Straight to Hell: True Tales of Deviance, Debauchery, and Billion-Dollar Deals Hardcover – by John LeFevre
More than 20 years ago I read my first book about the insider trading scandals of the late 1980’s. That book was about former investment banker Dennis Levine. I went on to read books about Michael Milken, the leveraged buyout of RJR nabisco and many more. And since the early 90’s I’ve had a fascination for Wall Street stories from various angles. Many were good, others mediocre, and a few were just bad.
I had high hopes for “Straight To Hell”. It’s about a young dude having an adventure on Wall Street, mostly based in foreign countries. Since most of my reads were from a prior generation I thought this might be an interesting Wall Street perspective from a newer generation. And I LOOOVE the name of the book. I actually have a series of personal stories about going to hell from my own business adventures.
But with that said … this book was a disappointment. While I like to hear about debauchery and juvenile behavior from way overpaid characters, this was just too damned much prostitution, drugging, drinking, and pooping-in-pants for me. I’m no prude by any stretch. Some of that actually is fascinating. But I thought there would be more about behind-the-scenes deal machinations. That fascinates me. I like to see how deals and strategies are pieced together. But maybe you’ll love it. If you love the poop-in-pants scene please never read this blog again!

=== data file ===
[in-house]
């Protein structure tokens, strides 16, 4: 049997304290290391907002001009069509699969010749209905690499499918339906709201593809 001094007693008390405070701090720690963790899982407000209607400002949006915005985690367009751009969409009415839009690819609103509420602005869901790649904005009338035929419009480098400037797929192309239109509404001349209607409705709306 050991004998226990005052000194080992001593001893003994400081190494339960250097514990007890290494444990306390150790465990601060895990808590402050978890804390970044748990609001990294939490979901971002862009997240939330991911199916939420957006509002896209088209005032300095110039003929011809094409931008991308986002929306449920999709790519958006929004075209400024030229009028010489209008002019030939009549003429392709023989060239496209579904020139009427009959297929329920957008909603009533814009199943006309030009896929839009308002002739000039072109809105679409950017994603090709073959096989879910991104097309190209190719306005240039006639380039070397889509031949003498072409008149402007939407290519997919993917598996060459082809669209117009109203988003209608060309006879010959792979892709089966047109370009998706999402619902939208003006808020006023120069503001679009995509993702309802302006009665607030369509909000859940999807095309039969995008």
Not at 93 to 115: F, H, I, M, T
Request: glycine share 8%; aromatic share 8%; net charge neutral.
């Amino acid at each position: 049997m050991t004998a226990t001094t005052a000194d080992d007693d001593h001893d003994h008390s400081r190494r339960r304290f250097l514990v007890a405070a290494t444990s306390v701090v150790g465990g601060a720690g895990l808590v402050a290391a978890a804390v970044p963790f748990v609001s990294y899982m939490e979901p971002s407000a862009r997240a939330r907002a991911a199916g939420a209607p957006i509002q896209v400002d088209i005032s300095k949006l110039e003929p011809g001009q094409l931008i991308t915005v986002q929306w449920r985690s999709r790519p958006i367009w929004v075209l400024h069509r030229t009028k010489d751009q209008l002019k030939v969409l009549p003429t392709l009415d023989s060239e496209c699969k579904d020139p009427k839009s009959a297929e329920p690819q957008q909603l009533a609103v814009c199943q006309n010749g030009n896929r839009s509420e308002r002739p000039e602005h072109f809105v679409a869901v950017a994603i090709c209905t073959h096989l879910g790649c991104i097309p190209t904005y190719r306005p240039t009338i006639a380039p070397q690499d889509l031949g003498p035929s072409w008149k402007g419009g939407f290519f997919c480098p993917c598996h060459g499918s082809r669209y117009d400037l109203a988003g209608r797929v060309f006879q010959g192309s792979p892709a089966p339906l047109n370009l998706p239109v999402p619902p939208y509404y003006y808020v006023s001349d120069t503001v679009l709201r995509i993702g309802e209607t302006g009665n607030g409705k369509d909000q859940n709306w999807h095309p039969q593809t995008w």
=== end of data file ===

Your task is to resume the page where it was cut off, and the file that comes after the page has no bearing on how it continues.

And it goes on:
Dead Companies Walking: How A Hedge Fund Manager Finds Opportunity in Unexpected Places – by Scott Fearon and Jesse Powell
This is another Wall Street book. But it’s from a different viewpoint. Hedge funds have become big news the last few years. And hedge fund managers, the big ones, are some of the world’s wealthiest people you’ve never ever heard of. This particular hedge fund manager, Soctt Fearon, doesn’t seem to be one of them. Not to say that he’s not well off. But, comparatively speaking, he runs a small hedge fund.
Part of his strategy is to “short” stocks. That is, he identifies companies whose stock prices he expects to decline and makes bets on them. He does this by using a fairly straight-forward formula to identify prospective investments. He tells interesting stories about how some firms fell onto rough times and why they make good “shorts”. Since distressed firms and turnarounds are another interest of mine, I wanted to read this book. And I liked it.
So that’s two thumbs up, one thumb down. But if you’re so inclined please read them all for yourself and let me know what you think.